What a storm it was for sure. It looks like the lowest pressure was around 28.20″, or 954.96mb, recorded at Orr and Bigfork, MN. This blows away the previous mainland US record set in Cleveland, OH in 1978 of 28.28″ or about 958 mb. In terms of the damage, yesterday alone had 287 wind reports and 24 tornado reports. The previous day had about 150 wind reports (a lot though from another system in the Carolinas) and one tornado report. So, all in all, it looks like we probably ended up with close to 400 wind reports and 25 tornadoes from this storm in the Midwest, which is remarkable. Lots of links on this one:

SPC Mesoanalysis for 10/26/10 at 5 PM Central Time, near the peak of the storm.

A full recap on the pressure record is here.

A few tornadoes were confirmed in Ohio.

About eight tornadoes were confirmed in Central Indiana.

A couple of stronger tornadoes were confirmed around Chicago. Some good imagery and information here.

Here’s some video from WSBT in Indiana of a tornado destroying a pole barn.

The highest confirmed wind gust I can find is about 77 mph in Greenfield, IN. In addition to all the wind and storminess, there’s also the snow aspect of this storm! As with most fall storms, this one dragged down some cold air, enough to change any liquid to snow in the Dakotas and Minnesota. Thus far, Harvey, ND is the champ with 8″ of snow. Duluth, MN isn’t far behind though with 7.4″. Blizzard, High Wind, and Winter Storm Warnings continue today for much of the Upper Midwest.

The strong winds also helped to change the lake level of Lake Michigan, with westerly and northwesterly winds shifting water from the Illinois/Wisconsin side to the Michigan side. This is actually not terribly uncommon, but still pretty cool. I recall several instances of this happening on Lake Erie when I worked in Upstate NY.

More info on the storm in Minnesota here.

And some really cool loops and imagery on the pressure falls from the NWS in LaCrosse, WI here.

But is it really the record?

As is always the case with almost any record, there will be claims, disputes, etc. that, “Well, it’s not REALLY the record.” And of course, this time around, we have that as well. Folks in the Northwest are amused by the shock and hype of this storm in the Midwest…because storms such as this routinely impact them every winter. They’ve got a good point, as some of the pressures measured in past winter storms there (specifically one in 1995 measured at 958 mb, not even near the center of the storm) have indeed been routinely close to some of the “record” readings.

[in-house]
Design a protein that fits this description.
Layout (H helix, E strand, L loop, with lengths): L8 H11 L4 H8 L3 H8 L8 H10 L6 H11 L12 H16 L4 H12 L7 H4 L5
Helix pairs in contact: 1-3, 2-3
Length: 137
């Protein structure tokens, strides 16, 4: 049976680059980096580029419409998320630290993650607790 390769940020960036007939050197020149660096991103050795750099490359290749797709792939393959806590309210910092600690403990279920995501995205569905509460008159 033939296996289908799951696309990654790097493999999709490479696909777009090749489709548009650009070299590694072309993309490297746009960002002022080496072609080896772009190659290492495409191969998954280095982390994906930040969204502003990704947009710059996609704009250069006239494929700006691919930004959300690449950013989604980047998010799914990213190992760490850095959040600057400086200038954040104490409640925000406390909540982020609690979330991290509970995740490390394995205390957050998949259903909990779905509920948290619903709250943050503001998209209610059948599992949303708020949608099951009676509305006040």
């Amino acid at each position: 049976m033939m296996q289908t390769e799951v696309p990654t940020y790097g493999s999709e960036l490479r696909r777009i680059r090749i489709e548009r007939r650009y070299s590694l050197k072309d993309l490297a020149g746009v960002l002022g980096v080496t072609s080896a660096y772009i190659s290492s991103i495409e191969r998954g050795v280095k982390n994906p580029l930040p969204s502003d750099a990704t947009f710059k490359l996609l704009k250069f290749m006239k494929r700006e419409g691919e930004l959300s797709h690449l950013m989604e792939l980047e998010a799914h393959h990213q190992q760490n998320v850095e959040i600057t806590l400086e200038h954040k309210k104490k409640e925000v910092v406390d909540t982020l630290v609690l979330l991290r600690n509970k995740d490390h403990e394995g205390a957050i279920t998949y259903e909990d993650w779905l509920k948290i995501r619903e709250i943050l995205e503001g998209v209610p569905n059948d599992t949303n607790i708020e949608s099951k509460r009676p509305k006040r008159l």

A slightly sarcastic tone in this entry from Dr. Cliff Mass, who publishes a great Northwest weather blog.

A great, great history of wind storms in the Northwest is here.

That all being said however, the truth is that in terms of actual measurements on land in the lower 48, away from the East coast, this storm is currently king.  But I’m sure one day, with better monitoring now in place in the Northwest, we’ll shatter this record as well.

But let’s not forget, this storm actually started in the Northwest too!

Midwest Monster

250 mb Wind Anomalies in Recent Strong La Nina Autumns

It’s not uncommon during La Nina autumns to see massive storms spin up in the Midwest, Lakes, and Plains, thanks in part to a raging strong jet stream coming out of the Pacific Ocean. If you click the map to the left, you can see a composite of the anomaly of 250 mb wind speeds (basically how much stronger or weaker than normal the jet stream winds are) in some recent stronger La Nina autumns, similar to this one. So it’s pretty obvious that this is somewhat normal. What isn’t normal is how much of a beast this storm is.

Yesterday we talked about this storm “bombing” out, which it appears to have done by definition (at least a 24 mb drop in 24 hours). It is now to the point where both state records for lowest barometric pressure have been set in Minnesota and Wisconsin. The previous record in Minnesota was set during a similar fall storm in November of 1998. According to the National Weather Service in Duluth, Aitkin, MN dropped to a barometric pressure of 962.3 mb or 28.42″Hg. The previous state record was 962.6 mb at Albert Lea, MN during that November 10, 1998 storm. In Wisconsin, Superior hit 28.38″Hg or 961.06mb. The previous record there was 963.43 mb in Green Bay in April of 1982.

As of this writing, both Orr and Bigfork, Minnesota are sitting at 28.24″Hg or 956.32mb. If this is verified (and it will likely go even lower in some other parts of Northeast Minnesota), this would break the all-time United States low pressure record for a non-tropical cyclone. The old record of 28.28″Hg was set in Cleveland, OH during the Blizzard of 1978 (and naturally, the Wikipedia article is already up to date with this information!).

Edit to add: 28.22″ as of 3:30 Central time, or 955.6 mb…both at Orr and Bigfork.

National Radar Composite from Late Tuesday, image from NCAR.

So this is truly an historic storm…and one that is not just setting records, it’s causing mayhem! Blizzard Warnings for the Dakotas, literally dozens of tornado warnings in the Midwest and Southeast, numerous tornado watches (5 currently from Mississippi to Southwest NY), widespread wind damage, and quite a change in the weather overall. We had a somewhat rare “High Risk” for severe weather issued this morning by the Storm Prediction Center. So far, there have only been 11 reports of tornadoes, however there have been over 150 reports of strong winds or wind damage thus far, and that number is only going to continue going up.

I’ll try and recap some of the damage reports and more tomorrow.

Hitting the Links

Paul Douglas blogs about the storm in Minnesota for the StarTribune.

The CIMMS Satellite Blog, as always, does a bang up job (and will likely add more in the coming days) with some imagery from this storm.

Sadly (from a weather junky’s standpoint), the Weather Channel appears to be headed down the road of the rest of cable TV…just when it seemed they were getting back on track. Unfortunately, this is what drives ratings, so they will continue to follow the blueprint until it fails.